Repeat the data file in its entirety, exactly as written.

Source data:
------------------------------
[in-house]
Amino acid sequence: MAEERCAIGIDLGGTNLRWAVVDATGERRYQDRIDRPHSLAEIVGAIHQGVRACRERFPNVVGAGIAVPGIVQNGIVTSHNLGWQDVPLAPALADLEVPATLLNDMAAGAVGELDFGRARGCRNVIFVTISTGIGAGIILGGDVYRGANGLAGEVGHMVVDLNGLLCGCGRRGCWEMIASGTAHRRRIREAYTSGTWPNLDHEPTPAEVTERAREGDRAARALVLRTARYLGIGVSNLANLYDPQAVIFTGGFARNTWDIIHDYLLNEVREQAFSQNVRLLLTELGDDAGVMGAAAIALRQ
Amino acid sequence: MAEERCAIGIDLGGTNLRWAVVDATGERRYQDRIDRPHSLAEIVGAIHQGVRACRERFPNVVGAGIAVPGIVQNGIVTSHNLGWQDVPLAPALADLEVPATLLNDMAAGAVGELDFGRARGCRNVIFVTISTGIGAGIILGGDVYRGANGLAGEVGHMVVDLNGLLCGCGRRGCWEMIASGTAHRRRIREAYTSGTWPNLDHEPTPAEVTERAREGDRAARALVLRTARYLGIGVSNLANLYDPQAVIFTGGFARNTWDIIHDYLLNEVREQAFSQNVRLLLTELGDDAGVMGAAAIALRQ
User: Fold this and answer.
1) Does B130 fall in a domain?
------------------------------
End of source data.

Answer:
[in-house]
Amino acid sequence: MAEERCAIGIDLGGTNLRWAVVDATGERRYQDRIDRPHSLAEIVGAIHQGVRACRERFPNVVGAGIAVPGIVQNGIVTSHNLGWQDVPLAPALADLEVPATLLNDMAAGAVGELDFGRARGCRNVIFVTISTGIGAGIILGGDVYRGANGLAGEVGHMVVDLNGLLCGCGRRGCWEMIASGTAHRRRIREAYTSGTWPNLDHEPTPAEVTERAREGDRAARALVLRTARYLGIGVSNLANLYDPQAVIFTGGFARNTWDIIHDYLLNEVREQAFSQNVRLLLTELGDDAGVMGAAAIALRQ
Amino acid sequence: MAEERCAIGIDLGGTNLRWAVVDATGERRYQDRIDRPHSLAEIVGAIHQGVRACRERFPNVVGAGIAVPGIVQNGIVTSHNLGWQDVPLAPALADLEVPATLLNDMAAGAVGELDFGRARGCRNVIFVTISTGIGAGIILGGDVYRGANGLAGEVGHMVVDLNGLLCGCGRRGCWEMIASGTAHRRRIREAYTSGTWPNLDHEPTPAEVTERAREGDRAARALVLRTARYLGIGVSNLANLYDPQAVIFTGGFARNTWDIIHDYLLNEVREQAFSQNVRLLLTELGDDAGVMGAAAIALRQ
User: Fold this and answer.
1) Does B130 fall in a domain?